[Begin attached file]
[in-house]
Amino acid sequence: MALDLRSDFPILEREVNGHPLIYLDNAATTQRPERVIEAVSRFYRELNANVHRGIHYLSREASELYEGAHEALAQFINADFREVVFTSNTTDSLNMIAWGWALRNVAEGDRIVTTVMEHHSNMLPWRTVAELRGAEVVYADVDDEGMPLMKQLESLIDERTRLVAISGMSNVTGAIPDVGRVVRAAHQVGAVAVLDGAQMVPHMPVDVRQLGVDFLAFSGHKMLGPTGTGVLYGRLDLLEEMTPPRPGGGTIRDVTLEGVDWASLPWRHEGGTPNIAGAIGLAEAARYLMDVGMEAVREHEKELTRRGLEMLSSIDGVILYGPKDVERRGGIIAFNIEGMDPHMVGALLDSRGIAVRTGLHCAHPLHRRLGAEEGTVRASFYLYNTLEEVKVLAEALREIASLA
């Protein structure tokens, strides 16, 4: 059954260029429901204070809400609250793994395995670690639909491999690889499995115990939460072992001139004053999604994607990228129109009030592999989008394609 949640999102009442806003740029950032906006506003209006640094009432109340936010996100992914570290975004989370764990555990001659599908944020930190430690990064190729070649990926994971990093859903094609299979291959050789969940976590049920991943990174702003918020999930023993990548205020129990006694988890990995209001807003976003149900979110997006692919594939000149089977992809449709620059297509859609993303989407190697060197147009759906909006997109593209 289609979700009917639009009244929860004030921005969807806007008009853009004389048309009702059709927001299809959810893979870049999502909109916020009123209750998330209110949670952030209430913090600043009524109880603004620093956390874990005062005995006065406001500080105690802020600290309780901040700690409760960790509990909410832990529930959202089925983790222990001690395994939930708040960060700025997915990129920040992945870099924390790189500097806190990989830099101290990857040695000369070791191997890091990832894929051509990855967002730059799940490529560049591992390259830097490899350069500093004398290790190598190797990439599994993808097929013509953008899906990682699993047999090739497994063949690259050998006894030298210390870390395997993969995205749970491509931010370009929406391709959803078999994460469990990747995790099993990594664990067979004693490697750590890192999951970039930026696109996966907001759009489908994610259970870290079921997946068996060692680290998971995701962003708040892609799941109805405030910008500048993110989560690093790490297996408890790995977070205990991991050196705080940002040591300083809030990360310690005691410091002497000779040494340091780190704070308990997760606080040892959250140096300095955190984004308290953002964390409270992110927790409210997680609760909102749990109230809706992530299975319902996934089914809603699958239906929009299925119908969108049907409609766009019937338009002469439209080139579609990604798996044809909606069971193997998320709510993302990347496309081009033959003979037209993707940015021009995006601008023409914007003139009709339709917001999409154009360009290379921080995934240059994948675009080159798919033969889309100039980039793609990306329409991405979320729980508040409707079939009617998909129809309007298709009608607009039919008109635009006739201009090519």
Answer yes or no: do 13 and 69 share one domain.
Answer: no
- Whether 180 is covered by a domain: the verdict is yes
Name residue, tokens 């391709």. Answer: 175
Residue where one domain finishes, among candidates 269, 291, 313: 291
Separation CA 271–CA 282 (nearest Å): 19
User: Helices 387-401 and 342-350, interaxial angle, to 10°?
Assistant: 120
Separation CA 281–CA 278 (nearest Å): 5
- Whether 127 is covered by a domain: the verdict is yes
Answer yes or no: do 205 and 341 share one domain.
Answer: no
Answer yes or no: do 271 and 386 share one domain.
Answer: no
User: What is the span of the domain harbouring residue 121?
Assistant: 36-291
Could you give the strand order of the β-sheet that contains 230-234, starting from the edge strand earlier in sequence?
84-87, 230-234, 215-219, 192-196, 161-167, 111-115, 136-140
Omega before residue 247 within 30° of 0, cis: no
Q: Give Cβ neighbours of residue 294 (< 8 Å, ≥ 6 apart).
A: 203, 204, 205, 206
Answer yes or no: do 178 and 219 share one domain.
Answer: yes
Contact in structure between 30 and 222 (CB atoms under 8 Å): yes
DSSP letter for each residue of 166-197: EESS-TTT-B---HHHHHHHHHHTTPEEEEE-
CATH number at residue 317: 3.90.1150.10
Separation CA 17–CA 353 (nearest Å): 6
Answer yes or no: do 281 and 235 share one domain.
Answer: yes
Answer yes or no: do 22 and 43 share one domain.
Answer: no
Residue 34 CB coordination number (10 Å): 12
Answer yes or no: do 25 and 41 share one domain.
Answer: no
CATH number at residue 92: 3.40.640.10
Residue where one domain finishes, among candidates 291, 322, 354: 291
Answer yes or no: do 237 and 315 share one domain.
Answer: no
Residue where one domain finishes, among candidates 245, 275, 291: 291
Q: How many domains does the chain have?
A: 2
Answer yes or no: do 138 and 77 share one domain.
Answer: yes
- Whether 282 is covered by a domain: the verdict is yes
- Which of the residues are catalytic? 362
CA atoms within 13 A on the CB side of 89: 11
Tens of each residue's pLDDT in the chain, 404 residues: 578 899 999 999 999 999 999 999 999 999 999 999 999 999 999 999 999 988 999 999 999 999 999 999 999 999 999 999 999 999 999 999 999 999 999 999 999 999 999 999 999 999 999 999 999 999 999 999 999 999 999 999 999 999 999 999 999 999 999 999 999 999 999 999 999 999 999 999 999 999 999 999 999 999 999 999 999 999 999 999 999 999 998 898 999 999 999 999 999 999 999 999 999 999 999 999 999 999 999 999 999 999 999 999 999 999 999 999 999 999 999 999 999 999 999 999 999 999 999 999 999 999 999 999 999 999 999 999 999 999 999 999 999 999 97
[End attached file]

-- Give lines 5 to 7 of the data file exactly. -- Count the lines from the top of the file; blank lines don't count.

Answer: no
- Whether 180 is covered by a domain: the verdict is yes
Name residue, tokens 């391709």. Answer: 175